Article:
Since the ESP32-Cam project was going to be installed on a remote controlled plane, keeping things as light as possible was the primary concern. This required a tally of what each item weighed and how best to build around that.
All aircraft have a center of gravity that is used as a reference point. That point is where the aircraft balances front to back or side to side. Any change in that point can influence how the aircraft will fly. A good saying that describes this is that a nose heavy plane doesn’t fly well, a tail heavy plane doesn’t fly long. The build had to take this into account and be done as to maintain the original center of gravity.
Each item that made up the project was weighed. The electronics, battery, power supply, wiring, and control switches were all weighed. The GPS module and battery accounted for most of the weight. The GPS module was small enough to be fitted under the canopy. This left the battery and remaining items. They had similar weight so placing them in separate pylons seemed to make the most sense in regard to maintaining center of gravity.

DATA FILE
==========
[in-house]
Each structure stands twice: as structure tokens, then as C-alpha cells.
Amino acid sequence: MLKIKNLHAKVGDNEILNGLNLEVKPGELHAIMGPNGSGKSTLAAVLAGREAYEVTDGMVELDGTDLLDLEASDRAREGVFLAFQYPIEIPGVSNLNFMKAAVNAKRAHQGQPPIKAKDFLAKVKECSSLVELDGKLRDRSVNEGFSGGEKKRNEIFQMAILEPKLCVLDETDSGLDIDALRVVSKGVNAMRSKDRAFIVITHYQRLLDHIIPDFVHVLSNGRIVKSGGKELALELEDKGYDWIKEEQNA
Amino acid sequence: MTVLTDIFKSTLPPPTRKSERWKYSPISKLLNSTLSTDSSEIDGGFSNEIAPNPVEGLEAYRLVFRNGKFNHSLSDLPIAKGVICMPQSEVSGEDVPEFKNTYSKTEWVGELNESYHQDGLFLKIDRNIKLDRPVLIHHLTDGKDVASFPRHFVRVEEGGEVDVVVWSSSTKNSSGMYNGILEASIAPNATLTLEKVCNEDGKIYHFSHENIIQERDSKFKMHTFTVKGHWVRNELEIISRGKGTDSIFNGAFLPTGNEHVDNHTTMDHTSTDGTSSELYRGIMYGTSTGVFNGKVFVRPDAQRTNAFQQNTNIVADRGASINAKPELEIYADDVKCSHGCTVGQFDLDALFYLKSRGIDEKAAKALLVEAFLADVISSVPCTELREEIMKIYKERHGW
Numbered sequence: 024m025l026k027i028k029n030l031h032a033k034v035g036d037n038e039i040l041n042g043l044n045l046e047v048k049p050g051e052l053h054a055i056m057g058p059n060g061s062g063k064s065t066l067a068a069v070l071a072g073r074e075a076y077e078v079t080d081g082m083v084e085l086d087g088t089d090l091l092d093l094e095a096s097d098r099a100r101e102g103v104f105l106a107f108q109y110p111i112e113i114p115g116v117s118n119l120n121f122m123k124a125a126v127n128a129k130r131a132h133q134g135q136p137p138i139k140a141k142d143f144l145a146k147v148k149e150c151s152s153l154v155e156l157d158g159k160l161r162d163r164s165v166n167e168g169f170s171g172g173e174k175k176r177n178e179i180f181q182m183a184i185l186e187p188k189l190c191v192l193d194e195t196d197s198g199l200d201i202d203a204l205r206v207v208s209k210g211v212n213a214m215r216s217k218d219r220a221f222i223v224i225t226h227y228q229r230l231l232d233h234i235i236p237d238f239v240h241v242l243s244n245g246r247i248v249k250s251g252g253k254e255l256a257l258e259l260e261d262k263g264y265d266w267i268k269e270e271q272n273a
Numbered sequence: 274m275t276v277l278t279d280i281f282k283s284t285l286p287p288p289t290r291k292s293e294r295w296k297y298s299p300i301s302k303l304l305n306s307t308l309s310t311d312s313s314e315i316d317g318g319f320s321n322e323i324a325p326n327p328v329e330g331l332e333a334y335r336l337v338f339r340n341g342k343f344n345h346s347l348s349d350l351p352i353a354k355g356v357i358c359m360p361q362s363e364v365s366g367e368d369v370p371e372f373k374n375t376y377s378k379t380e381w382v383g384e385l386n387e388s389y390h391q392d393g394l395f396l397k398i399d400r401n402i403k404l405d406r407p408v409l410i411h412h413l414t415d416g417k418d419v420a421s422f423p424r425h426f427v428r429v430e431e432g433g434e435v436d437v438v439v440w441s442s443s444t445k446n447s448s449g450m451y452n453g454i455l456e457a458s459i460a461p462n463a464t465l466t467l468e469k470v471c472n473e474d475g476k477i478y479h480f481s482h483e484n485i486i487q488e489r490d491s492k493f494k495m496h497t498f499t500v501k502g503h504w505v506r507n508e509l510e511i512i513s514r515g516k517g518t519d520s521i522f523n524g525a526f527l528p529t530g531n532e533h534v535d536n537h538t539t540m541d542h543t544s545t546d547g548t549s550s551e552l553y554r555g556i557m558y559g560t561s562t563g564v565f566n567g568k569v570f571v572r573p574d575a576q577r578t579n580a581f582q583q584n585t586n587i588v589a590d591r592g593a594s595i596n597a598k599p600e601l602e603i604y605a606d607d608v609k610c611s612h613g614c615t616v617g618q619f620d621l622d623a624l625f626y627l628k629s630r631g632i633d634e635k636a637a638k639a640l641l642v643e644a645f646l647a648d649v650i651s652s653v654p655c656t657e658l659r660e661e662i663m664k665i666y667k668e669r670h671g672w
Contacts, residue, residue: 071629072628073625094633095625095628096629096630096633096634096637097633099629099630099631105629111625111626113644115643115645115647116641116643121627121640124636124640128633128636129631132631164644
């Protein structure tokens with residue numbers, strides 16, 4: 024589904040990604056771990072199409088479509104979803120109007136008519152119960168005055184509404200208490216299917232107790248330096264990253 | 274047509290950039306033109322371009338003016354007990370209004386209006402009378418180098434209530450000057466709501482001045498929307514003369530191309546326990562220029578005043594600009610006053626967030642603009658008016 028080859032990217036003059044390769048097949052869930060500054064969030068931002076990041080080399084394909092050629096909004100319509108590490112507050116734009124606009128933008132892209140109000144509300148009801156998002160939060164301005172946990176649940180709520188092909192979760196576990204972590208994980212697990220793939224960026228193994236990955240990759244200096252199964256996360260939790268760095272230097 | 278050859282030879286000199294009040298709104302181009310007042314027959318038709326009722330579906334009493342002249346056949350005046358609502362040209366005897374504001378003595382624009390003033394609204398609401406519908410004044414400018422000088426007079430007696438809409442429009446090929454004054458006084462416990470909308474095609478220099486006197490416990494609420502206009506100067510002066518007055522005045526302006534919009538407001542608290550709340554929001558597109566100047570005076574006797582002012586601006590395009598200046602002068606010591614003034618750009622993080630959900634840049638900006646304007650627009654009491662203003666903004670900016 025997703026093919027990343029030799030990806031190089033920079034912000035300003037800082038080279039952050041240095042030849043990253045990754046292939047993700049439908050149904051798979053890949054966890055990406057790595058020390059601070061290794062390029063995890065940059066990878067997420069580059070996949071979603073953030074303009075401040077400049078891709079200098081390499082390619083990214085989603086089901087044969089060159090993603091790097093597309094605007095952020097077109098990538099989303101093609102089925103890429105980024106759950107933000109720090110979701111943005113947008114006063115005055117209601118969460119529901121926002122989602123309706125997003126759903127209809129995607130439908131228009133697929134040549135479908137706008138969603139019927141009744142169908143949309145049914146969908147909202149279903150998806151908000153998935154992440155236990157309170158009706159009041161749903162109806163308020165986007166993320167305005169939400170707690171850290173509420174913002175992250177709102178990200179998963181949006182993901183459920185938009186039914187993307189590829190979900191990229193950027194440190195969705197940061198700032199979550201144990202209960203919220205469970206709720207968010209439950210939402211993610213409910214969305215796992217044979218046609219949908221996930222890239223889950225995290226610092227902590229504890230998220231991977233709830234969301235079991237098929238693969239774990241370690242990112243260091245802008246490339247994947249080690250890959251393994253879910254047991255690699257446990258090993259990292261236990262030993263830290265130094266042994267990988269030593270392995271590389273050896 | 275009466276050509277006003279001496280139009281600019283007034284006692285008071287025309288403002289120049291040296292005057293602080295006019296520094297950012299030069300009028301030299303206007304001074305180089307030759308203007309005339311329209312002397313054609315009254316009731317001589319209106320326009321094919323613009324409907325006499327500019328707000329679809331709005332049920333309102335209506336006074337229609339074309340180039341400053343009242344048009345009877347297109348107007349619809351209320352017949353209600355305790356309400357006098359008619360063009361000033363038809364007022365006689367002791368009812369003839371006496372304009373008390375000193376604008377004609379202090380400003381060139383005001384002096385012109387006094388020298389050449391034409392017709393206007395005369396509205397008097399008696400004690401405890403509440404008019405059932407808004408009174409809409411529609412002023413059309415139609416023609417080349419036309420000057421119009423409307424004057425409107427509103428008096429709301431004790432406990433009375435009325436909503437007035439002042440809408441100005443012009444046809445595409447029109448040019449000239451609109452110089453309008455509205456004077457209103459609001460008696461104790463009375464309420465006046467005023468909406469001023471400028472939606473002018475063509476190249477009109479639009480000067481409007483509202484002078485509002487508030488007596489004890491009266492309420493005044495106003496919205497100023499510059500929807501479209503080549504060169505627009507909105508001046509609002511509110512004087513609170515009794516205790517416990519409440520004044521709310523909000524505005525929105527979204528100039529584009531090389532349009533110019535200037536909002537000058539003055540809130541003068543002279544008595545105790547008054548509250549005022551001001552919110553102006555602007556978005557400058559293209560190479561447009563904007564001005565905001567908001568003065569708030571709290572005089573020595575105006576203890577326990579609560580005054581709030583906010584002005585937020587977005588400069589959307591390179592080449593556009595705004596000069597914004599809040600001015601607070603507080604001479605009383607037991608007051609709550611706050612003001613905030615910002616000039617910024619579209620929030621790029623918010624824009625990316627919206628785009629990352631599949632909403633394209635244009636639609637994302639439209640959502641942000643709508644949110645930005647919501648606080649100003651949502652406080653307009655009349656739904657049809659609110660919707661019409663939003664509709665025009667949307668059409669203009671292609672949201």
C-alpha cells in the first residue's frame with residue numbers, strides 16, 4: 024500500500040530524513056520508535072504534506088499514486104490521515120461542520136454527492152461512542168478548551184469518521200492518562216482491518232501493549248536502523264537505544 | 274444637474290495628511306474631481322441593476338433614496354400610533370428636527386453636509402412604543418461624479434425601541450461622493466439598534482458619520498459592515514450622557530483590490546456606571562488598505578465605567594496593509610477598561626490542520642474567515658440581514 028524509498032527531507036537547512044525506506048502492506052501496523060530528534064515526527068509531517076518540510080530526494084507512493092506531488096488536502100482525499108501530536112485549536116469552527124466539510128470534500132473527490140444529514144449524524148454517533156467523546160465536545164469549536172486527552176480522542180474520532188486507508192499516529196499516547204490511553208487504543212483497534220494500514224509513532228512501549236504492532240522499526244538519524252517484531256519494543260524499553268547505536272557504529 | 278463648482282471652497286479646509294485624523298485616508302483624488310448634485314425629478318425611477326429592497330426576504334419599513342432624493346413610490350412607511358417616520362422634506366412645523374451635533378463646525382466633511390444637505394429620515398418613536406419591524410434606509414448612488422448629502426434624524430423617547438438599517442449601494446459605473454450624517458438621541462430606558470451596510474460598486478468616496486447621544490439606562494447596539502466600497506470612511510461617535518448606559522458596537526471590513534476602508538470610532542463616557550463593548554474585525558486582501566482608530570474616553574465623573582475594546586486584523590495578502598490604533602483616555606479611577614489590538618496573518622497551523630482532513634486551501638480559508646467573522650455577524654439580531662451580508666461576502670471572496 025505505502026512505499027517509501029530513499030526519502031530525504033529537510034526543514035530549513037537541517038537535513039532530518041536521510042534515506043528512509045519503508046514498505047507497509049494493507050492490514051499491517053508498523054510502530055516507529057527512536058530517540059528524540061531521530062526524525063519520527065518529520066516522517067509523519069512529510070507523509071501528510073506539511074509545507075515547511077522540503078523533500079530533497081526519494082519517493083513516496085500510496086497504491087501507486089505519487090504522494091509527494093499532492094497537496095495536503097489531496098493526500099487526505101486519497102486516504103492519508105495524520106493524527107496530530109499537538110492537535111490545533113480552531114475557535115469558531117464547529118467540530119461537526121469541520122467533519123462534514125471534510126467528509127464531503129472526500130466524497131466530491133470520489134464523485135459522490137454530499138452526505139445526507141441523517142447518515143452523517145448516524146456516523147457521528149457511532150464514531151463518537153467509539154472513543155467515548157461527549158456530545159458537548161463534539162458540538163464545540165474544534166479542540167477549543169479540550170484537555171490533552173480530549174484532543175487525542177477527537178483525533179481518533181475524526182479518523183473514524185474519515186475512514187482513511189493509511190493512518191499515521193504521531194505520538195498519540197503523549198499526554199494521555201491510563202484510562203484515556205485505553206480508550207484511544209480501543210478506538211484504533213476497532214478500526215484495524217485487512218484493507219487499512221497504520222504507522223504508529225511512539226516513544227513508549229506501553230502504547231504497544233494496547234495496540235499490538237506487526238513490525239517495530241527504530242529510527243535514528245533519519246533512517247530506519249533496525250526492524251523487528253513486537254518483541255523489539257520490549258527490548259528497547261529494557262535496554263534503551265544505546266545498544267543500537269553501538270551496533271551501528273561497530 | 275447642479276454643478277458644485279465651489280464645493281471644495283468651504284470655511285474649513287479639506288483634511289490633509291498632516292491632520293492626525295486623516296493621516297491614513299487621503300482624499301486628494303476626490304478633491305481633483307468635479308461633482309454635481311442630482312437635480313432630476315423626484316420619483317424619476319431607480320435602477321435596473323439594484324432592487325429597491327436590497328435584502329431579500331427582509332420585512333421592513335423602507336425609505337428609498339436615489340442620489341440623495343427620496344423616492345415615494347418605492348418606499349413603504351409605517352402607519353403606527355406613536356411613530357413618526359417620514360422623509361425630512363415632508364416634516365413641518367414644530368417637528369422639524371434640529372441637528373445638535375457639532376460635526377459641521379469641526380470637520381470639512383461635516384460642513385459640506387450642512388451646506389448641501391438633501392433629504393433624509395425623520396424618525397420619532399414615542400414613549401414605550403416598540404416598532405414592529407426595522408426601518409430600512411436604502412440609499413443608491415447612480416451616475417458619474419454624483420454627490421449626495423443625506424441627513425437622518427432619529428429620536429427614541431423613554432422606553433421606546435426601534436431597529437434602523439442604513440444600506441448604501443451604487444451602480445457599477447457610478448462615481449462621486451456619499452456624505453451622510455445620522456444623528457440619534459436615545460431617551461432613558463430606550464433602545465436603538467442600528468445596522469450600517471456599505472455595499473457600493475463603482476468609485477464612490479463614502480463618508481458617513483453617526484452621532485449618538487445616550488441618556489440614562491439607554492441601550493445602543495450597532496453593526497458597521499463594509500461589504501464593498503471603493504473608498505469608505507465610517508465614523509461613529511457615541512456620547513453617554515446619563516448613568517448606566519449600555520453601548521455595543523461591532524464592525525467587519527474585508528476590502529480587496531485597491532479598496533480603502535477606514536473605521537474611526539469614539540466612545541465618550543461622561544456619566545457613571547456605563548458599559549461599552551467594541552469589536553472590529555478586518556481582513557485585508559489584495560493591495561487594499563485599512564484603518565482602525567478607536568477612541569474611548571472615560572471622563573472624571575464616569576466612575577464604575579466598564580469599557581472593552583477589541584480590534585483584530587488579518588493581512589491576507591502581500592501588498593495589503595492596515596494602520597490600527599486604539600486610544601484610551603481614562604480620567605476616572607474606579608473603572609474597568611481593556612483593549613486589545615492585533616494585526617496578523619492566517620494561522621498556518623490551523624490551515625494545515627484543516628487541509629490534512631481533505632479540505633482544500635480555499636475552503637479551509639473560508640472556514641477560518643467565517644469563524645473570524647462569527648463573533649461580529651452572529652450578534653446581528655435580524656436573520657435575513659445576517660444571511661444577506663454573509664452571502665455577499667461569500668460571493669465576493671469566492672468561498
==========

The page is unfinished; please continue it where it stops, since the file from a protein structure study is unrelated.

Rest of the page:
The battery would be housed in one pylon, while the remaining electronic items would be in the other. Each pylon would be mounted under each side of the wing, next to the fuselage. The space taken up by the ESP32-Cam module when mounted on backing required a tube that was 38mm in diameter. The same diameter tube would be used for the battery. Attaching both pylons involved wrapping a long rubber band around the fuselage forward and aft of the wings. This principle was tested with a similarly sized glider, which worked well.
The electronics pylon contained a 3mm foam core backing that had each of the electronic components attached with double sided 1mm adhesive. Before attaching the components, wiring was soldered and shrink tubing was used to strengthen and protect the wiring leads. The function of the wiring was matched with its color so it could later be joined and capped once all the components were installed. Continuity and voltage testing was done with regularity throughout the build. The GPS module and battery had a connector which was matched on the electronics for connecting when ready for flight.
With all of the electronics built and mounted on the backing, a test of the system was run without any issues. It was ready for flight.
The deadline was days away and the bulk of the build was done. However, the pylons still needed end caps, preferably ones that were aerodynamic. The problem with this was the amount of time left before the deadline and the unique nature of the hardware. The next section will cover how this problem was addressed with a 3D printer and community sourced parts.